Joe Biden is suddenly on a lucky streak

 (Getty Images)
(Getty Images)

On Tuesday evening the Senate overwhelmingly passed legislation to aid Ukraine, Israel and Taiwan, ending a drawn-out, convoluted back-and-forth caused entirely by the Republican Party.

The bill passage is a victory for America’s image on the national stage, but it’s also an unequivocal win for the man who signed the bill on Wednesday: President Joe Biden. By getting the legislation through, the president is able to say that Republicans, including Speaker Mike Johnson, passed a standalone Ukraine aid bill when many people thought the US would abandon its commitments.

Importantly, Biden managed to get aid to Ukraine with basically no strings attached. The House added just two provisions to get Republicans on board: a loan aspect to Ukraine and legislation to trigger either a sale or a ban on TikTok. Biden has already said he would sign the legislation, so he essentially got aid to Ukraine, Israel and Taiwan for free.

In the end, then, the president did not have to concede anything on immigration or pass any draconian laws that would either require him to enact policies his base would dislike or give powers to a hypothetical future President Donald Trump.

For the longest time, polling has shown that immigration is Biden’s weakest spot by far. Republicans have relentlessly pummeled him by decrying images of migrants crossing the US-Mexico border. But it was them who killed an immigration bill, almost exclusively at Trump’s behest, a few weeks ago. That allowed Biden to say that he was serious about negotiating on immigration, whereas Republicans clearly wanted to keep the problem around as a talking point.

“I think it actually was important to prove to Republicans that they didn't want to actually marry Ukraine and immigration,” Senator Chris Murphy of Connecticut, the lead Democrat in the border-Ukraine negotiations, told The Independent. “We gave them a great immigration proposal, and they were so mortified by the fact that they had to actually confront their unwillingness to do immigration that they then put the votes on the board for Ukraine.”

Indeed, Murphy said that while it led to six months of delay with no results on immigration, it gave Biden an important chit.

“We were in a very bad spot politically and with immigration reform prior to that deal being cut,” he said. “Now, Democrats have a tough immigration bill that they support, and Republicans have nothing.”

Elsewhere, and despite the fact that many Democrats have vocally criticized the Biden administration’s support for Israel in its war in Gaza, that opposition didn’t have many political consequences. Mike Johnson did a favor for Biden by splitting the bill into four: Left-wing Democrats could then air their grievances against Biden’s Israel policy by voting against that part of the bill while also unanimously voting to help Ukraine.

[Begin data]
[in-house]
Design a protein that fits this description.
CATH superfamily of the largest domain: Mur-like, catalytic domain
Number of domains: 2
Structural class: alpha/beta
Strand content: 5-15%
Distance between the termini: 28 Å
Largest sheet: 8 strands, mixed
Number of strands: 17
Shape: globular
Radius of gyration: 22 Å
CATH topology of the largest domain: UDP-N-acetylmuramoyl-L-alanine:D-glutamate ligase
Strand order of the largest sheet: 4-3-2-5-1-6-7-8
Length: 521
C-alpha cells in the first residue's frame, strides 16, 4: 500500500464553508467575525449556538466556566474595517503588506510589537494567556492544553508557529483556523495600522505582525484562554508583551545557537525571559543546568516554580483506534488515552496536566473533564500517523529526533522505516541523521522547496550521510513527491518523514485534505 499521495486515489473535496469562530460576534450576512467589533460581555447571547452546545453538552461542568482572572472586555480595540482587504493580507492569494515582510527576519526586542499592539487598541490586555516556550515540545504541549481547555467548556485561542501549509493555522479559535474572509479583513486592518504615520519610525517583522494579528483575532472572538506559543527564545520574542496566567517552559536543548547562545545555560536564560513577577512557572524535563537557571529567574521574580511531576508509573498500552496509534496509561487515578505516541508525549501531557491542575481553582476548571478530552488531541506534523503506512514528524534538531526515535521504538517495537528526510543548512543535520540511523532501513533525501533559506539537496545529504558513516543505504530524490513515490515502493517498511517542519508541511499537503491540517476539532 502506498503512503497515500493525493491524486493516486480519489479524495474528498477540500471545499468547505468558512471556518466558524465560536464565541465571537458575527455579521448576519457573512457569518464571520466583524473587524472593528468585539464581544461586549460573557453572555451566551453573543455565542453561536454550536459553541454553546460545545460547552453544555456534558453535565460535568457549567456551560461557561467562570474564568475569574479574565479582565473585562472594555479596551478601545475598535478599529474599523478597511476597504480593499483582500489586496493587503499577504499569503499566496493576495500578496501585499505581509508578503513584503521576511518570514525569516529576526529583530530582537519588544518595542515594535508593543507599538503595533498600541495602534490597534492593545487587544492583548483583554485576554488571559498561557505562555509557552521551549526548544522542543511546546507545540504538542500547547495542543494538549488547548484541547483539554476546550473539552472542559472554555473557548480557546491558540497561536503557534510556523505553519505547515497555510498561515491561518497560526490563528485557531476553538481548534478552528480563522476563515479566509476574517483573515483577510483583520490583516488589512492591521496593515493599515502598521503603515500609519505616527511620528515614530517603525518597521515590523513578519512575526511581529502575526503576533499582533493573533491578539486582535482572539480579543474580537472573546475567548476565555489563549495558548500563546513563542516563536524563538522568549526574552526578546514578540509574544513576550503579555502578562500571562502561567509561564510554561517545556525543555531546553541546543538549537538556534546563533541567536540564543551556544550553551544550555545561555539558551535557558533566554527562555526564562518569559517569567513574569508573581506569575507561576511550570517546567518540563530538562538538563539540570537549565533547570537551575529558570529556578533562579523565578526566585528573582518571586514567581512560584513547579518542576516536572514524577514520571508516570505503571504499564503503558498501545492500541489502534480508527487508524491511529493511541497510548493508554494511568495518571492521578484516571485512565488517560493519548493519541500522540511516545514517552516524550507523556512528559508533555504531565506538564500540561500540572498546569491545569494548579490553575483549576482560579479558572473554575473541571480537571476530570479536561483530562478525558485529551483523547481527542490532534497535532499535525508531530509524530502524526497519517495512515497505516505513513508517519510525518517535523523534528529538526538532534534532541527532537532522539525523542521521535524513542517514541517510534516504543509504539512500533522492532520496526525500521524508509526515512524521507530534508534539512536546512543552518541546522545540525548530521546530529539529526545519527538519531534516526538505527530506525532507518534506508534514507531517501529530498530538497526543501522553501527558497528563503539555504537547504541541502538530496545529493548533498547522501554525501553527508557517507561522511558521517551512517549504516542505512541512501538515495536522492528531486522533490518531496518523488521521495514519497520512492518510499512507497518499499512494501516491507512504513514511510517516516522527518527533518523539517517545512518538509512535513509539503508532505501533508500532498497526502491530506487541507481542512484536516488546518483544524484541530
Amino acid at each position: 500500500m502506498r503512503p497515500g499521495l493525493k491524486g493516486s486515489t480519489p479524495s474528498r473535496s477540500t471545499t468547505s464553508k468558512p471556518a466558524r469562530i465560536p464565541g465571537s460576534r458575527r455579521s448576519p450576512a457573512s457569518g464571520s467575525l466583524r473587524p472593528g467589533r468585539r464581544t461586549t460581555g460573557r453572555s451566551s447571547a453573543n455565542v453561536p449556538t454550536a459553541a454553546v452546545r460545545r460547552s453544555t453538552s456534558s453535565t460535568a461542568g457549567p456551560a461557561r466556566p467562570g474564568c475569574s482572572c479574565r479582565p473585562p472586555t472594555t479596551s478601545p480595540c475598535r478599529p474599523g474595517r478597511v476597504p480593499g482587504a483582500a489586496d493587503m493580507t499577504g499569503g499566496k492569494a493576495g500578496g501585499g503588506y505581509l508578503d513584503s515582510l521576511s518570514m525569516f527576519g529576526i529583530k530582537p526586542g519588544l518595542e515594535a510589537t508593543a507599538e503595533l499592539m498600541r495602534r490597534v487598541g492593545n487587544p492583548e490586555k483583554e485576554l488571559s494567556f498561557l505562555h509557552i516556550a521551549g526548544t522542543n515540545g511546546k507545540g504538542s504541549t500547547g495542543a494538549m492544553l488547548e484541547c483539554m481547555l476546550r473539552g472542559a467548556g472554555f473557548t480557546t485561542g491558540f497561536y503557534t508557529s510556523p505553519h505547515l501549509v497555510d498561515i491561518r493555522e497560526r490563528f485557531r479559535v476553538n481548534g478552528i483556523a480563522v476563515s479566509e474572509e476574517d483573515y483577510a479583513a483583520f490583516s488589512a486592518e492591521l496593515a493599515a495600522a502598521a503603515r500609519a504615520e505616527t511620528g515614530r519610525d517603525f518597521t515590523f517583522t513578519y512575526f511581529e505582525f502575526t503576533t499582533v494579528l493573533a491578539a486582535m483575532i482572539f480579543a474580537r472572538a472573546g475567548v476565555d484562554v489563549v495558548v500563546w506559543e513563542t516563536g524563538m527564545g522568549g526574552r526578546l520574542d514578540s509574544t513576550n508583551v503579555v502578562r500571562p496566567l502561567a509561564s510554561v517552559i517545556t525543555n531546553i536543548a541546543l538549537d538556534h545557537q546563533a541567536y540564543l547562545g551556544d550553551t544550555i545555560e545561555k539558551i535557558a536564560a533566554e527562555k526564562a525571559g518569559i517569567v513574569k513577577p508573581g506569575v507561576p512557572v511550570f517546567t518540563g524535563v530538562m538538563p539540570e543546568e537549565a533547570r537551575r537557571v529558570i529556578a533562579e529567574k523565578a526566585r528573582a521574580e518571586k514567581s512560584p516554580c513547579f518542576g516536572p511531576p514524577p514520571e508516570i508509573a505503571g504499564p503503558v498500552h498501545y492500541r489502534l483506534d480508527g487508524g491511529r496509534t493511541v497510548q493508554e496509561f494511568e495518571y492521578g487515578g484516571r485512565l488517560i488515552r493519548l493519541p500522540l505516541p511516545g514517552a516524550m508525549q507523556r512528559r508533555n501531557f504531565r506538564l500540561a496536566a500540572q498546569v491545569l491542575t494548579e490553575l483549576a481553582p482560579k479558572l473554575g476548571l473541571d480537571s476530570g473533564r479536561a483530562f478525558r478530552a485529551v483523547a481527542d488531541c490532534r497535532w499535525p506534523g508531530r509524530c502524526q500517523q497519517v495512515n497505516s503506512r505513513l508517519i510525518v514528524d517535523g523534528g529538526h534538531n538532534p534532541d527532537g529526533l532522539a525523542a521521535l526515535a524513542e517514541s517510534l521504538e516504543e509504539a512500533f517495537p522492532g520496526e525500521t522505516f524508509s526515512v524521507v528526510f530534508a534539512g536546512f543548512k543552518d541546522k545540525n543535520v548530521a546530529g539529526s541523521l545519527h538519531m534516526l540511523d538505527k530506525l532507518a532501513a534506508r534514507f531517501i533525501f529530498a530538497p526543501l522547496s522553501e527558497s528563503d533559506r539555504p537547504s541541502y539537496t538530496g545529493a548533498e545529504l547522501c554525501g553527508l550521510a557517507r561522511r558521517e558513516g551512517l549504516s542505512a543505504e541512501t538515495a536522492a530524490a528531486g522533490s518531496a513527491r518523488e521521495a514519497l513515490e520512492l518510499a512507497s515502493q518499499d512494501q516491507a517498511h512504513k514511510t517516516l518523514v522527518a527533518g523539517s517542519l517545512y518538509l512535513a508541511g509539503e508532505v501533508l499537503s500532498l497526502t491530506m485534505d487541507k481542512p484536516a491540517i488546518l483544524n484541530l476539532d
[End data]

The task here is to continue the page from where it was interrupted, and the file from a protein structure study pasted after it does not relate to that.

Attempts by progressives to amend the bill in the Senate so that Israel would not receive unfettered aid — a move that would have kicked the bill back to the House and likely sunk it — failed.

And it doesn’t look like Biden has paid much of a price. Indeed, earlier in the week, the president was joined at an Earth Day event by Senator Bernie Sanders — who authored the now-dead amendments — and Representative Alexandria Ocasio-Cortez, the most visible progressive critic of Biden’s policy on Israel. The fact that Biden so clearly has Sanders and AOC behind him is a big win.

Additionally, the continued raft of anti-abortion policy — from Arizona’s supreme court resurrecting the state’s Civil War-era abortion ban (which Arizona’s state house voted to overturn on Wednesday) to Florida’s court allowing a six-week ban to take effect as well as ballot initiatives to overturn such statutes — has given Biden a fighting chance in swing states.

Similarly, a recent Marist poll conducted on April 22nd showed that undecided voters are more likely to back Biden than Trump. In answer to the question “If you had to vote today, who are you learning towards?”, 43 per cent said Joe Biden and 38 per cent said Trump. Importantly, Biden’s numbers have held since voters were asked the same question three weeks ago, whereas Trump’s numbers have gone down.

That’s just another reason for the president to feel happy — and a little more secure — in the White House tonight.